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The night HE came home!
More than 30 years from it's release, "Halloween" still remains one of the finest and scariest horror movies of all time, and it deserves it because it's a near-perfect film with great acting, cinematography, and suspense, along with a chilling score and and an extremely claustrophobic and nerve-shattering feel. It's definitely a movie to see in the dark. It's actually one of the only horror movies that freak me out whenever I see it, and I don't really get freaked by horror movies easily. When 6 year old Michael Myers stabs his teenage sister, Judith, to death, he is put in a sanitarium for 15 years, but later on escapes and starts stalking a teenager named Laurie Strode (Jamie Lee Curtis) on Halloween. Later on, he starts to kill her friends, until, in the heart- stopping climax which had me on the edge of my seat, tries to kill her. In the short 91 minutes of the film, it really packs a punch of terror and unnerve. It's like no other film when it comes to the terror, which borrows a lot from Alfred Hitchcock's Psycho, which is pretty ironic, since Jamie Lee Curtis is Janet Leigh's daughter. I think Halloween is the best slasher film ever made (if you don't count Psycho as a slasher). It really started the whole "teenagers getting murdered by a killer wearing a mask" thing. Most of the scenes that show Michael Myers's POV are seen through his creepy, emotionless mask, along with his muffled breathing sounds, which really gives a nice touch of suspense. The acting is amazing; especially from Jamie Lee Curtis and Donald Pleasance. It's amazing what you can do on such a small budget (this film had a budget of only $325,000). "Halloween" is and always will be one of the greatest horror films ever made. It's a must see.
The best suspense motion picture ever made!
I don't think that any thriller or horror movie can match the quality of the Master of Suspense Alfred Hitchcock's "Psycho". It's a vanguard suspense picture. From the amazing score by Bernard Herrmann to the infamous shower scene, this film will always be timeless. The films opens with the kinetic credits, made up of black and gray lines, done by Saul Bass. The film gains more suspense with the musical score made up only by strings. The film's dialogue manages to keep the film interesting, including the parlor scene, between Janet Leigh and Anthony Perkins, which lasts about 10 minutes, then finally, there's the shower scene, which took a week to film, and it's probably the best scene in movie history. 78 different shots in 45 seconds and it was shot wonderfully. There are only 2 murders in this film, yet this film was the first "slasher", which inspired John Carpenter's "Halloween", "Friday the 13th", "A Nightmare on Elm Street" and a couple more. It's amazing thinking that this one movie did that all. I think this film probably has the most shocking ending in movie history. It freaked me out and I could only imagine how scary it must have been seeing it in a theater back in it's original 1960 release. The film's 6 and a half minute trailer, with Alfred Hitchcock giving a tour of the Bates Motel is only a teaser, so it doesn't tell you much about the film, so I wonder how shocking the shower scene must have been. Altogether, "Psycho" is one of Alfred Hitchcock's masterpieces, and I think it's probably my favorite film of his. From the amazing acting from Janet Leigh, Anthony Perkins, John Gavin, Vera Miles, and Martin Balsam to the surprisingly small $800,000 budget to the infamous Bates Motel and shower scene, along with the reputation this movie earned (#1 on AFI's 100 Years...100 Thrills and #14 on 100 Years...100 Movies), this film is defiantly the best shocker film from the best director of all time, Alfred Hitchcock.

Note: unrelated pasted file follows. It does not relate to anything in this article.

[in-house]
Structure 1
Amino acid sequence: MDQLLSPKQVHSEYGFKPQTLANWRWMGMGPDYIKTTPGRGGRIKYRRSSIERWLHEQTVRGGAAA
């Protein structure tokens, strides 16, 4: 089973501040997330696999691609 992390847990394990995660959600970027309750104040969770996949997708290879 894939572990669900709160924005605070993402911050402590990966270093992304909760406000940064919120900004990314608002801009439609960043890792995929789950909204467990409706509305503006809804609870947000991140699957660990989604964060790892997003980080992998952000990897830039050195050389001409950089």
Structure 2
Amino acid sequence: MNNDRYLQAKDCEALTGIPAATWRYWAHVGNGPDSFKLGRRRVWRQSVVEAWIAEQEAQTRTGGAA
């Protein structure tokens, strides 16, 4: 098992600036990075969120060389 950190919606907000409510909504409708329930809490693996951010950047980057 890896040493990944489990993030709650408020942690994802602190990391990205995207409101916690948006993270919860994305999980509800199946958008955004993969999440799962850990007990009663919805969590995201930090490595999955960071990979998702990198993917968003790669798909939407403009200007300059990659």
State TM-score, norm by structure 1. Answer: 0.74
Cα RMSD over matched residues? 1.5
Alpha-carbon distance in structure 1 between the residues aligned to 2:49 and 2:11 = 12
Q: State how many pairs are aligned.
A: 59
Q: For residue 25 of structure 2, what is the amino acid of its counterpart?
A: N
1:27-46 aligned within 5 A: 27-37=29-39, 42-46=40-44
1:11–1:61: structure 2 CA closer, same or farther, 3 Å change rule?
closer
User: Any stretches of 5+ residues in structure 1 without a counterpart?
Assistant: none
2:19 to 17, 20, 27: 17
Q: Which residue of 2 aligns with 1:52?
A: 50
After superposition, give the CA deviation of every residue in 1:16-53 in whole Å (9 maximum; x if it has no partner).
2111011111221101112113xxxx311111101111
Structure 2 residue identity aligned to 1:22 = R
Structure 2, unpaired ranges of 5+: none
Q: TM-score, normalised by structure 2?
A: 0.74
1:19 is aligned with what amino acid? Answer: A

Breakfast at Tiffany's (1961)
My favorite movie of all time!
"Breakfast at Tiffany's" is an adaptation of a 1958 novel written by Truman Capote, of the same name. Three years later, in 1961, this movie comes out, starring Audrey Hepburn as Holly Golightly. I still remember my first time seeing this movie. The opening of the film has a cab coming down a New York Street stops at Tiffany's. Audrey Hepburn comes out with a danish and coffee while window shopping, having "Breakfast at Tiffany's". I think that opening scene has become big in pop culture, and fifty years, or a half-century later, this film still holds up for repeated views, just like I've watched it over and over. I'm so glad that Audrey Hepburn was picked for this film. It was originally supposed to be Marilyn Monroe, just one year before her 1962 death. I think Audrey fits the character of a café society socialite who gets "50 dollars for the powder room" perfectly, even though Audrey Hepburn in real life wasn't anything like that at all. The film from beginning to end engages you and makes you want to see it a second time, from the iconic images of her with a cigarette holder, to the opening scene, the cocktail party, the scene where Audrey Hepburn performs "Moon River" (my favorite movie song) composed by Henry Mancini, the no-name cat (played by Orangey the Cat), and the romantic ending. It's all great and should be considered one of the best films of all time. The film also stars George Peppard (a writer who she falls in love with), Patricia Neal (his "decorating friend"), and also including Buddy Ebsen, Martin Balsam, Villalonga, and Mickey Rooney as Mr. Yunioshi, the Japanese apartment manager. (I don't see why people get so offended by that role and think it's racist.) Anyway, I can't wait for the Blu-Ray release on September 20th!